Resume Advice for New Graduates
According to the Associated Press, more than half of recent graduates find themselves without a job for at least six months after obtaining their degree. If you want to beat these odds, you're going to need a professional, well-crafted resume that impresses potential employers enough for a callback. Here are just seven tips for making that happen.
1: Use A Header
Your resume might look a little thin without a long list of previously held jobs, so it's important that an employer's first impression isn't one of disdain or diffidence. Start off with a strong, bold headline that will set the tone for the rest of your resume, like describing yourself as a "three-year hospitality major and certified ServSafe food handler with an emphasis in quality control and customer service."
2: Offer An Objective
Why should they hire you? What value can you bring their business? Create an objective or branding statement that uses keywords from the job listing or company creed. For example, if they're looking for someone with technical skills, talk about maximizing your talents in the development and implementation of business software. If their company recently went international, mention your excitement to work in the global economy.
3: Detail Your Education
Don't be afraid to devote a large chunk of your resume to your schooling. Include things like your major, GPA, class rank, et cetera. Mention that you were valedictorian or on the dean's list. If you graduated early, be sure to include dates of attendance. If you earned any certification or accreditation through your courses, list those as well.
4: Highlight Relevant Experience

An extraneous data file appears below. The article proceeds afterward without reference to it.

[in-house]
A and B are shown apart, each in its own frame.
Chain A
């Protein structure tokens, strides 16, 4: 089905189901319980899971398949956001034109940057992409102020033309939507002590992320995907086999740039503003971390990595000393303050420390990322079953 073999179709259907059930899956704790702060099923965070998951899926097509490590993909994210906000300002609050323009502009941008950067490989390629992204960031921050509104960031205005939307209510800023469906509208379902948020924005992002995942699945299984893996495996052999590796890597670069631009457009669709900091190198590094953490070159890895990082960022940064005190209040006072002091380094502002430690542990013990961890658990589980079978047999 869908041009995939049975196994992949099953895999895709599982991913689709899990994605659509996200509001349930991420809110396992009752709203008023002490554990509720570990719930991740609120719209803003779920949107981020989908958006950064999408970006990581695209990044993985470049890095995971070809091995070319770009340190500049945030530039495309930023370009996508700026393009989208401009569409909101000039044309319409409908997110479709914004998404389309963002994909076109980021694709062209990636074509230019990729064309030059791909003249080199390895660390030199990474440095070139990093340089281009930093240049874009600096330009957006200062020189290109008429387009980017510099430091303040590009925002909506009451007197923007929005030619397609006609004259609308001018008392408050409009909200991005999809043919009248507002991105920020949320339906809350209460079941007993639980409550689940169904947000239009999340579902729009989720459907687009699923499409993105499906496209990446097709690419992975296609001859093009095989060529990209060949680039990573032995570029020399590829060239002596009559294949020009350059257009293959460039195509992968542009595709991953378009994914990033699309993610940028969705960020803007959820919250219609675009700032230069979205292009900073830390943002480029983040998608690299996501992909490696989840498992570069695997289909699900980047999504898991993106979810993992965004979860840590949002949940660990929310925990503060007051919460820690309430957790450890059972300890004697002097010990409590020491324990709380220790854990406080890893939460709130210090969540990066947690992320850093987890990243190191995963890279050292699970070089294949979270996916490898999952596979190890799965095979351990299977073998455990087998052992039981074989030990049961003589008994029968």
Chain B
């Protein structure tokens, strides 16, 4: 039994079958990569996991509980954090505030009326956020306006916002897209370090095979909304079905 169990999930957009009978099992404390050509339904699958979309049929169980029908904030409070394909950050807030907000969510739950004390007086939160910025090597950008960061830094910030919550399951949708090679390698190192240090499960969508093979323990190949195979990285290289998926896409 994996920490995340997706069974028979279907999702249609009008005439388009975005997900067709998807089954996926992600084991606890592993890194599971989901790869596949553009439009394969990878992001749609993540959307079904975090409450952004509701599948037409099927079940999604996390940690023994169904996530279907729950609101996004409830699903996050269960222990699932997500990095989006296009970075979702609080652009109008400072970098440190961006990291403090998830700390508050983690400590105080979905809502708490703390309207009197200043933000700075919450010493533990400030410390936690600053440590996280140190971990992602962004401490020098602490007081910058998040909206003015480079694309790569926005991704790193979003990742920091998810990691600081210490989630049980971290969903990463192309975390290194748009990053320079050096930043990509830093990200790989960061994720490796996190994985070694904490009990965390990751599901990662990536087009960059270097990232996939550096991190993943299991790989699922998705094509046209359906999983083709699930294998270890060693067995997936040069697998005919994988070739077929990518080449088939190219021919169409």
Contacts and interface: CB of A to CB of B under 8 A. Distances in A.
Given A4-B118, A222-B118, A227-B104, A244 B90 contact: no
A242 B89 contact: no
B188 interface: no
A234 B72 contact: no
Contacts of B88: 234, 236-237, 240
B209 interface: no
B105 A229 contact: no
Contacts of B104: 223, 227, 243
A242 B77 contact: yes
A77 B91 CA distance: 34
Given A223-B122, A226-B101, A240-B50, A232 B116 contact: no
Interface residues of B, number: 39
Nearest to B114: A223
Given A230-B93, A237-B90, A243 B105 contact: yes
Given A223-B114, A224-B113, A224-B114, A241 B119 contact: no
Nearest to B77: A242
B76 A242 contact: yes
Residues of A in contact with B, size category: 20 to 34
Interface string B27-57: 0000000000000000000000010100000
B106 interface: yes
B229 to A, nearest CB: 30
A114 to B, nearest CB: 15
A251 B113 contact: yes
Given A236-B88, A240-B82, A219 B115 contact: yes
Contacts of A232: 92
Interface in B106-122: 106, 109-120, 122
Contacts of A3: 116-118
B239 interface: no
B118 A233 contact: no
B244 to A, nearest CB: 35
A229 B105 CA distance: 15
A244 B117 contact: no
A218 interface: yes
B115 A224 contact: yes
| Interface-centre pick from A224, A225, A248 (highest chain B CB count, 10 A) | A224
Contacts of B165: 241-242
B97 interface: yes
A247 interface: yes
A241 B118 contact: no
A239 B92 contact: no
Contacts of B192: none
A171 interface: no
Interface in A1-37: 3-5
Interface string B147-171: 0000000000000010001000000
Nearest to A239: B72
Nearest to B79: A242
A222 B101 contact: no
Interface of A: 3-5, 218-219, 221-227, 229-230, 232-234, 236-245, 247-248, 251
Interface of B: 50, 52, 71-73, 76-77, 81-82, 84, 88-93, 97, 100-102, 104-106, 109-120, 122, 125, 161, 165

Even if you've never had an actual job within the industry, you can probably boast more experience than you think. Have you ever attended extracurricular lectures or workshops? Did you shadow someone for college credit in your junior year? Were you an intern, lab assistant or even a gopher for someone with name recognition in your field?
5: Emphasize Your Modernity
As a recent graduate, your greatest value is in your current, up-to-date education, especially if you're going into a field where things change quickly. For instance, if you've just spent several years in medical school, talk about your familiarity with the new DSM-5. You'll have the edge over applicants who were taught from the old, outdated DSM-IV-TR.
6: Tailor Your Template
Electricians shouldn't craft their resumes the same way as preschool teachers. The job requirements are different; the demographics are different. Speak to the specifics of your industry by customizing your application to fit them. You can use a sample resume as the foundation for your own if you aren't sure how to get started.
7: Talk About Your Talents
Without a list of accomplishments to fall back on, you'll need to bolster your resume by other means. You can do this by listing your skills, passions and capabilities as they relate to the open position. Camp directors can talk about their CPR/AED training; loan processors can list their expertise in underwriting and document verification. The key is to establish yourself as someone who understands the demands of the job even if you haven't actually worked in the field yet.
These are just a few strategies for building your resume as a new graduate. Use them wisely to land an interview and secure your future in the working world.